Reason and Scripture Have Wax Noses: The Need For the Teaching Office of the Church
The Gospels tell us that, in distinction to the teachers of the Mosaic law, Jesus taught with infallibility, or, as the Gospels put it, "as one who had authority." Jesus did not teach with the wax noses of the scribes and teachers of the Mosaic law. (Matt. 7:29) From a physical perspective, Christ's infallibility, his teaching authority, however, would leave us once he ascended into heaven.
The Lord therefore knew that, after His ascension, we would be in need of something else, something other than wax-nosed reason and wax-nosed scripture if we were to know the words of eternal life. And He generously provided to us His children by assuring that His authority, and His infallibility, would remain on earth even after His ascension into heaven.
Jesus told His apostles: "I will ask the Father, and he will give you another Advocate to be with you always, the Spirit of truth, which the world cannot accept, because it neither sees nor knows it. But you know it, because it remains with you, and will be in you. I will not leave you orphans; I will come to you. . . . The Advocate, the Holy Spirit that the Father will send in my name--He will teach you everything and remind you of all that I told you." (John 14:16-18; 26).
It is the gift of the Holy Spirit in the Church promised by our Lord that is our remedy for the wax nose of reason and the wax nose of Scripture.
As the Catechism of the Catholic Church describes this gift: "The task of giving an authentic interpretation of the Word of God, whether in its written form or in the form of Tradition, has been entrusted to the living teaching office of the Church alone. Its authority in this matter is exercised in the name of Jesus Christ. This means that the task of interpretation has been entrusted to the bishops in communion with the successor of Peter, the Bishop of Rome." [CCC § 85]
This gift given to us by Jesus is what we call the Magisterium, a term derived from the Latin magister, or teacher.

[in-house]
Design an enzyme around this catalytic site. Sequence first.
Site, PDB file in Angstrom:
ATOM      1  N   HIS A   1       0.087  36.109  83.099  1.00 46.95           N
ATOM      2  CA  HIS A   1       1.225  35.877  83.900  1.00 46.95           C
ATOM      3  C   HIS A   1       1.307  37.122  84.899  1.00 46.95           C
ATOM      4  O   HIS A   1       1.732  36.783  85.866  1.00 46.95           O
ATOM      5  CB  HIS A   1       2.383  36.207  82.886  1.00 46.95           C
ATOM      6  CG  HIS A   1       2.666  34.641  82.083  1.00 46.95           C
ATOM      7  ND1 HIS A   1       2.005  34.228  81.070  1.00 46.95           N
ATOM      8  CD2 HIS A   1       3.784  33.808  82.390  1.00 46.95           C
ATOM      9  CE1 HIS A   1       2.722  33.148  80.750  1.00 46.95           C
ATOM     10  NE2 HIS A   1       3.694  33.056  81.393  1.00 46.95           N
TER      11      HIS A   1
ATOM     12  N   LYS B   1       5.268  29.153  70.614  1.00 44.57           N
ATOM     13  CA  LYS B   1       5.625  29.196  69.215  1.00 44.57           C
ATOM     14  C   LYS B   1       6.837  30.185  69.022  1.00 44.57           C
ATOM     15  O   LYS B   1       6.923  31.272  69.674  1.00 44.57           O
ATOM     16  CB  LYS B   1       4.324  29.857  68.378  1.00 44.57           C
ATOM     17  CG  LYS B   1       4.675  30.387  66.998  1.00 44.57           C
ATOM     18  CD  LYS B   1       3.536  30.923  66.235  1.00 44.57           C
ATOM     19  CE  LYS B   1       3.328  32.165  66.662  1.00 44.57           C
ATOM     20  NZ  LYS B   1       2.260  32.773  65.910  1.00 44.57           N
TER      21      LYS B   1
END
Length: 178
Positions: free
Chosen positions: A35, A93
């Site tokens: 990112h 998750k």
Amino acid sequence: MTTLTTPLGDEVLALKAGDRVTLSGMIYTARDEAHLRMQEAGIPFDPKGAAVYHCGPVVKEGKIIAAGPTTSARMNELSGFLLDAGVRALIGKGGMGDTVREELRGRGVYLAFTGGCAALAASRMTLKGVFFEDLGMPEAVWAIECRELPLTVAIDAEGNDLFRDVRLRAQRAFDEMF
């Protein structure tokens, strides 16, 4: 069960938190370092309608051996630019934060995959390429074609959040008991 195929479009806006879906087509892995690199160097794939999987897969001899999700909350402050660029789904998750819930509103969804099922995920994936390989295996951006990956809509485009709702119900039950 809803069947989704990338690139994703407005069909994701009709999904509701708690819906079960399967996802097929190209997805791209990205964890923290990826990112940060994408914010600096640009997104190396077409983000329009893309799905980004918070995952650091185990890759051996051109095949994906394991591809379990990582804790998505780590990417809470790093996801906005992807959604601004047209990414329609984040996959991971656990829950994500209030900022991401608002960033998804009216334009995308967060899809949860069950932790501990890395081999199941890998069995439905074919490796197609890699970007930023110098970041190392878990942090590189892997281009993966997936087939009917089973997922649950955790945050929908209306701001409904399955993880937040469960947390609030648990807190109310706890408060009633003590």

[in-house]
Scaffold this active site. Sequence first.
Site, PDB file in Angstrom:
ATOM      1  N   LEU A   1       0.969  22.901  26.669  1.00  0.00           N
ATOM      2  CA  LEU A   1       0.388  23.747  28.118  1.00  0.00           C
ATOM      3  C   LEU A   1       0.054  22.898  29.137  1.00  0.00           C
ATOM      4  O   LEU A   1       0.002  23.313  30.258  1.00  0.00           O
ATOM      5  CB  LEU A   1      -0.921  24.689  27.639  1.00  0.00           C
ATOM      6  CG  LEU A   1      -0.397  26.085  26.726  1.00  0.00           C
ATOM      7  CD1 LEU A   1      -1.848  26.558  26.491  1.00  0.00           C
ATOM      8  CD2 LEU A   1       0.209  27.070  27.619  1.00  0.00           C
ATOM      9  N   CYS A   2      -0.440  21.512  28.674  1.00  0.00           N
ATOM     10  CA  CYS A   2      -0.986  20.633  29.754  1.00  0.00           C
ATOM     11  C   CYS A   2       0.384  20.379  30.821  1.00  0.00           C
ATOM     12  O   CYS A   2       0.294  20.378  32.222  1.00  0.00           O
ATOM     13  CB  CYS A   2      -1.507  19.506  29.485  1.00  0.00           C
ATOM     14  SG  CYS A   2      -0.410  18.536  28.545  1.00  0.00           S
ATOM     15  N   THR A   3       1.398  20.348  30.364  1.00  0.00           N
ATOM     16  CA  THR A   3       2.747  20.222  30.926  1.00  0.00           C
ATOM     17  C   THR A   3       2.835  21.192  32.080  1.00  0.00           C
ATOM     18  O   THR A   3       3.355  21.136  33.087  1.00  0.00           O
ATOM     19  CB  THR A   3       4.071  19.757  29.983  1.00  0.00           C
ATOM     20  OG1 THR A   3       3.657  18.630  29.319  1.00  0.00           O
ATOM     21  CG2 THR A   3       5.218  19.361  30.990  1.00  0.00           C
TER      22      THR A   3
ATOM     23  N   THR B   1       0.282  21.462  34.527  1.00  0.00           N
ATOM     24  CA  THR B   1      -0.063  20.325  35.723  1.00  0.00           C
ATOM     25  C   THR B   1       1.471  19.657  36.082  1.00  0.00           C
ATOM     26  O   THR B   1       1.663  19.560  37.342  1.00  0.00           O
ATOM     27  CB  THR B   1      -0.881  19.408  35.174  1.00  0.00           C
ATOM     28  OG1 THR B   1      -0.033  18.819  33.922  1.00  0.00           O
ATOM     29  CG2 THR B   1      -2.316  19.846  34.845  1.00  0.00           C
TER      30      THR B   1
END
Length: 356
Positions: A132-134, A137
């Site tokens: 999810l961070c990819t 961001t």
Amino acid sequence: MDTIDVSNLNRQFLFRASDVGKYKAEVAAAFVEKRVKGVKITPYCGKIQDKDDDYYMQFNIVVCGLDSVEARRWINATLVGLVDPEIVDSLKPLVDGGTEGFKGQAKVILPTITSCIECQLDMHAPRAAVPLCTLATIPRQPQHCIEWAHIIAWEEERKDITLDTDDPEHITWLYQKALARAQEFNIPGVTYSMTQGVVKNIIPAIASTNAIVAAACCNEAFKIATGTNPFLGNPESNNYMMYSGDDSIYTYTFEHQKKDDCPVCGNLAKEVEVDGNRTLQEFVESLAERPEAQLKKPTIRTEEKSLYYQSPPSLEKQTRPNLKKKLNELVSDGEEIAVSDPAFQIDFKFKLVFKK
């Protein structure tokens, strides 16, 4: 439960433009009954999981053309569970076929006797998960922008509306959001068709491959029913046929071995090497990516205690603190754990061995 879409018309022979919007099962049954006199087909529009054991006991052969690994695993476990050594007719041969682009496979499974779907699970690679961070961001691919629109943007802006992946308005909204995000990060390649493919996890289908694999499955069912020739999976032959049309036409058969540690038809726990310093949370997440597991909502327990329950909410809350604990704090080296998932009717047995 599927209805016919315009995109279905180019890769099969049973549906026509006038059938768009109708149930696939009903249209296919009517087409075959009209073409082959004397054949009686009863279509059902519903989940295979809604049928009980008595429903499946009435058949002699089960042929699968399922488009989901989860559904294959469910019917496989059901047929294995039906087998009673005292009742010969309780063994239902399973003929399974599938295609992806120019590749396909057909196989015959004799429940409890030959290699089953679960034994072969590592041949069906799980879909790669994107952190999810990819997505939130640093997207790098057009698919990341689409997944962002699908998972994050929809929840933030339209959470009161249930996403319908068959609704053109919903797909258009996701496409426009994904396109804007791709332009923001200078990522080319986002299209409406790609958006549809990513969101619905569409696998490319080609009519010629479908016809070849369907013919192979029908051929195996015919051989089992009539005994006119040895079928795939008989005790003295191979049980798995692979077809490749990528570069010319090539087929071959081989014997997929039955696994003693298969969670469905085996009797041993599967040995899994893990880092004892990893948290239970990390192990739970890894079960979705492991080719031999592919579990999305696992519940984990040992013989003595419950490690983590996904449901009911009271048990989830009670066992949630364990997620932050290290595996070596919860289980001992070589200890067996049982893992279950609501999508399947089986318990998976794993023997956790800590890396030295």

Under certain circumstances, the Magisterium or teaching authority of the Church enjoys, as a result of the promise of Christ himself, the charism or gift of infallibility. When exercised, the infallibility of the Church's teaching office provides certainty in matters of faith, matters of speculative reason that relate to the faith, or matters of practical reason that relate to the moral law.
"The supreme degree of participation in the authority of Christ is ensured by the charism [the word charism comes from Greek charisma, meaning a "gift" of God] of infallibility. This infallibility extends as far as does the deposit of divine Revelation; it also extends to all those elements of doctrine, including morals, without which the saving truths of the faith cannot be preserved, explained, or observed." [CCC § 2035]
"The authority of the Magisterium extends also to the specific precepts of the natural law, because their observance, demanded by the Creator, is necessary for salvation. In recalling the prescriptions of the natural law, the Magisterium of the Church exercises an essential part of its prophetic office of proclaiming to men what they truly are and reminding them of what they should be before God." [CCC § 2036]
Thanks be to God for the charism, the gift, of the Magisterium. It is what assures that our reason and our Scriptures do not have wax noses.
In the examples given above, the Magisterium, of course, has plainly taught us that abortion is an intrinsic evil, for example in Pope John Paul II's encyclical Evangelium vitae. It has taught that homosexual acts are intrinsically evil as, for example, in the Congregation of the Doctrine of the Faith's Letter to the Bishops of the Catholic Church Homosexualitatis problema.